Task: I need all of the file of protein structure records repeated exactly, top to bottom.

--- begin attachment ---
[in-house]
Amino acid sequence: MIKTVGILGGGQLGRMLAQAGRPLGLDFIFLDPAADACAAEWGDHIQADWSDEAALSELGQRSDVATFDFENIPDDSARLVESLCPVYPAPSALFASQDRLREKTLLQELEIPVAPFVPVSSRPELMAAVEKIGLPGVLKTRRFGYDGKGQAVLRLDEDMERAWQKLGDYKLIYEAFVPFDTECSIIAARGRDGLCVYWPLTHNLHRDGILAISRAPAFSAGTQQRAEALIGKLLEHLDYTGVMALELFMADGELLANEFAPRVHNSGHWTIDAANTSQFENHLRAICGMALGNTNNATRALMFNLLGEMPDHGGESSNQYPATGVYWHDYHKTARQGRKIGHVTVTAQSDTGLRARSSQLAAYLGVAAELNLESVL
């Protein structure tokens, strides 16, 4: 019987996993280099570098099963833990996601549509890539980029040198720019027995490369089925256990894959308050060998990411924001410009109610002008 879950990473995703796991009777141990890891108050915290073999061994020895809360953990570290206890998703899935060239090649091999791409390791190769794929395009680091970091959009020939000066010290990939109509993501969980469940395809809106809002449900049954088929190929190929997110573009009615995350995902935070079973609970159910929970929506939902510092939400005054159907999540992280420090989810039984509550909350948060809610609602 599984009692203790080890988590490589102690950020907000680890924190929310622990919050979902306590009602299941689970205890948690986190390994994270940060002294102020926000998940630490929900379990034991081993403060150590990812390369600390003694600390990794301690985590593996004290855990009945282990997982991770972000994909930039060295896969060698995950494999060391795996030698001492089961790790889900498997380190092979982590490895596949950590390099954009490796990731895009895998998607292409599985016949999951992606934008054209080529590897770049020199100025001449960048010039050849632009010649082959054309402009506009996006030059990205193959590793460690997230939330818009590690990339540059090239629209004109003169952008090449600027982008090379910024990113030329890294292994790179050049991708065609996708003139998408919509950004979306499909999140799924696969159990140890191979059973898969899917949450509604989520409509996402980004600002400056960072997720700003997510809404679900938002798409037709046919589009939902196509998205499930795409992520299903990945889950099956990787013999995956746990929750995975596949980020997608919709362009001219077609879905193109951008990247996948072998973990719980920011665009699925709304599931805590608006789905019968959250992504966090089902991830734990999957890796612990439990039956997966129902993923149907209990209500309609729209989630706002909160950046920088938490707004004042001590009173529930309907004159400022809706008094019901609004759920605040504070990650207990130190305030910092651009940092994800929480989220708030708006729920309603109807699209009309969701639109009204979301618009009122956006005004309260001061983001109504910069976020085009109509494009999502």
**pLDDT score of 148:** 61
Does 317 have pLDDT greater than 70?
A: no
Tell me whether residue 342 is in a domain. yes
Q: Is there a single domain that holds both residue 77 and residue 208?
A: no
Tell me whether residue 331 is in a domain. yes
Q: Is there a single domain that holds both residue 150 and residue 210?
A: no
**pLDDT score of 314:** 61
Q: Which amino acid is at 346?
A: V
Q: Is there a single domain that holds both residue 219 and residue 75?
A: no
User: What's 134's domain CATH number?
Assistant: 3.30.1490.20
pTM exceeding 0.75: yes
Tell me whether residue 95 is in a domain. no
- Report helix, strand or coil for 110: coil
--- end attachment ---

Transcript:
[in-house]
Amino acid sequence: MIKTVGILGGGQLGRMLAQAGRPLGLDFIFLDPAADACAAEWGDHIQADWSDEAALSELGQRSDVATFDFENIPDDSARLVESLCPVYPAPSALFASQDRLREKTLLQELEIPVAPFVPVSSRPELMAAVEKIGLPGVLKTRRFGYDGKGQAVLRLDEDMERAWQKLGDYKLIYEAFVPFDTECSIIAARGRDGLCVYWPLTHNLHRDGILAISRAPAFSAGTQQRAEALIGKLLEHLDYTGVMALELFMADGELLANEFAPRVHNSGHWTIDAANTSQFENHLRAICGMALGNTNNATRALMFNLLGEMPDHGGESSNQYPATGVYWHDYHKTARQGRKIGHVTVTAQSDTGLRARSSQLAAYLGVAAELNLESVL
């Protein structure tokens, strides 16, 4: 019987996993280099570098099963833990996601549509890539980029040198720019027995490369089925256990894959308050060998990411924001410009109610002008 879950990473995703796991009777141990890891108050915290073999061994020895809360953990570290206890998703899935060239090649091999791409390791190769794929395009680091970091959009020939000066010290990939109509993501969980469940395809809106809002449900049954088929190929190929997110573009009615995350995902935070079973609970159910929970929506939902510092939400005054159907999540992280420090989810039984509550909350948060809610609602 599984009692203790080890988590490589102690950020907000680890924190929310622990919050979902306590009602299941689970205890948690986190390994994270940060002294102020926000998940630490929900379990034991081993403060150590990812390369600390003694600390990794301690985590593996004290855990009945282990997982991770972000994909930039060295896969060698995950494999060391795996030698001492089961790790889900498997380190092979982590490895596949950590390099954009490796990731895009895998998607292409599985016949999951992606934008054209080529590897770049020199100025001449960048010039050849632009010649082959054309402009506009996006030059990205193959590793460690997230939330818009590690990339540059090239629209004109003169952008090449600027982008090379910024990113030329890294292994790179050049991708065609996708003139998408919509950004979306499909999140799924696969159990140890191979059973898969899917949450509604989520409509996402980004600002400056960072997720700003997510809404679900938002798409037709046919589009939902196509998205499930795409992520299903990945889950099956990787013999995956746990929750995975596949980020997608919709362009001219077609879905193109951008990247996948072998973990719980920011665009699925709304599931805590608006789905019968959250992504966090089902991830734990999957890796612990439990039956997966129902993923149907209990209500309609729209989630706002909160950046920088938490707004004042001590009173529930309907004159400022809706008094019901609004759920605040504070990650207990130190305030910092651009940092994800929480989220708030708006729920309603109807699209009309969701639109009204979301618009009122956006005004309260001061983001109504910069976020085009109509494009999502």
**pLDDT score of 148:** 61
Does 317 have pLDDT greater than 70?
A: no
Tell me whether residue 342 is in a domain. yes
Q: Is there a single domain that holds both residue 77 and residue 208?
A: no
Tell me whether residue 331 is in a domain. yes
Q: Is there a single domain that holds both residue 150 and residue 210?
A: no
**pLDDT score of 314:** 61
Q: Which amino acid is at 346?
A: V
Q: Is there a single domain that holds both residue 219 and residue 75?
A: no
User: What's 134's domain CATH number?
Assistant: 3.30.1490.20
pTM exceeding 0.75: yes
Tell me whether residue 95 is in a domain. no
- Report helix, strand or coil for 110: coil